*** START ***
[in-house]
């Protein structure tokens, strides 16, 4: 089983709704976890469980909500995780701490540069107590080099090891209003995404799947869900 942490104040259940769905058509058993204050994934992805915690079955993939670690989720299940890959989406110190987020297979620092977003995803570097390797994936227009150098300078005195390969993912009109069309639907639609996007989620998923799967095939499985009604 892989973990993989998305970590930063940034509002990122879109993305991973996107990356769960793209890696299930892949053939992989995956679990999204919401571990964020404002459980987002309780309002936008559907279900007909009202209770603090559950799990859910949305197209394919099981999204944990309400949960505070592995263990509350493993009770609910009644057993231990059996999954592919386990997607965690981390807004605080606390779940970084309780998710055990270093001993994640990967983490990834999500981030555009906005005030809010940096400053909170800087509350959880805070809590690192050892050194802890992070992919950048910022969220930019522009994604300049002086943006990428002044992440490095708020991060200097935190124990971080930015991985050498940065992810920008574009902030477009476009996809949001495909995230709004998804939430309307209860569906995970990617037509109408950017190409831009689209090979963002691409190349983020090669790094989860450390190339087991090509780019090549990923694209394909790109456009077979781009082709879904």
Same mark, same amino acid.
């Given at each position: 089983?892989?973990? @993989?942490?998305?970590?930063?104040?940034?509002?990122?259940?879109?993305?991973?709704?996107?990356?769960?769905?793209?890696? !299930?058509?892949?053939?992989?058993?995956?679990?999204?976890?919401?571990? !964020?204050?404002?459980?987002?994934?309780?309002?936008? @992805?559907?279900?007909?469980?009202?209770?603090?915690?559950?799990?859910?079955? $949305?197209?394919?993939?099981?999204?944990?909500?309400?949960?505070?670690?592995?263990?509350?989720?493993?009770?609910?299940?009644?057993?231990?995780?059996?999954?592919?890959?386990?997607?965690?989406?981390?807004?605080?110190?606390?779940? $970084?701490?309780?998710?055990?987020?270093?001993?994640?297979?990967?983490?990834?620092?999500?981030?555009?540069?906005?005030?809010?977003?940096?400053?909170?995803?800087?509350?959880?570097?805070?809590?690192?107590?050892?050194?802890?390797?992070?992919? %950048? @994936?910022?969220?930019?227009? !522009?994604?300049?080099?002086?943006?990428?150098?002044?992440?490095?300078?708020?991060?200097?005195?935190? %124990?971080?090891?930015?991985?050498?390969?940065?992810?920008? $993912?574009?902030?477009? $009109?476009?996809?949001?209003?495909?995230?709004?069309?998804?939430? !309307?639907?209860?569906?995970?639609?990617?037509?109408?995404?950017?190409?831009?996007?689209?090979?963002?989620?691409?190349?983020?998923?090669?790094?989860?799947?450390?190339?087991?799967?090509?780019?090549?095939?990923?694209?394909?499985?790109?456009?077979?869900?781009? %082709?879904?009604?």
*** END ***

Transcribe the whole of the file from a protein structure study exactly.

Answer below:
[in-house]
């Protein structure tokens, strides 16, 4: 089983709704976890469980909500995780701490540069107590080099090891209003995404799947869900 942490104040259940769905058509058993204050994934992805915690079955993939670690989720299940890959989406110190987020297979620092977003995803570097390797994936227009150098300078005195390969993912009109069309639907639609996007989620998923799967095939499985009604 892989973990993989998305970590930063940034509002990122879109993305991973996107990356769960793209890696299930892949053939992989995956679990999204919401571990964020404002459980987002309780309002936008559907279900007909009202209770603090559950799990859910949305197209394919099981999204944990309400949960505070592995263990509350493993009770609910009644057993231990059996999954592919386990997607965690981390807004605080606390779940970084309780998710055990270093001993994640990967983490990834999500981030555009906005005030809010940096400053909170800087509350959880805070809590690192050892050194802890992070992919950048910022969220930019522009994604300049002086943006990428002044992440490095708020991060200097935190124990971080930015991985050498940065992810920008574009902030477009476009996809949001495909995230709004998804939430309307209860569906995970990617037509109408950017190409831009689209090979963002691409190349983020090669790094989860450390190339087991090509780019090549990923694209394909790109456009077979781009082709879904």
Same mark, same amino acid.
């Given at each position: 089983?892989?973990? @993989?942490?998305?970590?930063?104040?940034?509002?990122?259940?879109?993305?991973?709704?996107?990356?769960?769905?793209?890696? !299930?058509?892949?053939?992989?058993?995956?679990?999204?976890?919401?571990? !964020?204050?404002?459980?987002?994934?309780?309002?936008? @992805?559907?279900?007909?469980?009202?209770?603090?915690?559950?799990?859910?079955? $949305?197209?394919?993939?099981?999204?944990?909500?309400?949960?505070?670690?592995?263990?509350?989720?493993?009770?609910?299940?009644?057993?231990?995780?059996?999954?592919?890959?386990?997607?965690?989406?981390?807004?605080?110190?606390?779940? $970084?701490?309780?998710?055990?987020?270093?001993?994640?297979?990967?983490?990834?620092?999500?981030?555009?540069?906005?005030?809010?977003?940096?400053?909170?995803?800087?509350?959880?570097?805070?809590?690192?107590?050892?050194?802890?390797?992070?992919? %950048? @994936?910022?969220?930019?227009? !522009?994604?300049?080099?002086?943006?990428?150098?002044?992440?490095?300078?708020?991060?200097?005195?935190? %124990?971080?090891?930015?991985?050498?390969?940065?992810?920008? $993912?574009?902030?477009? $009109?476009?996809?949001?209003?495909?995230?709004?069309?998804?939430? !309307?639907?209860?569906?995970?639609?990617?037509?109408?995404?950017?190409?831009?996007?689209?090979?963002?989620?691409?190349?983020?998923?090669?790094?989860?799947?450390?190339?087991?799967?090509?780019?090549?095939?990923?694209?394909?499985?790109?456009?077979?869900?781009? %082709?879904?009604?």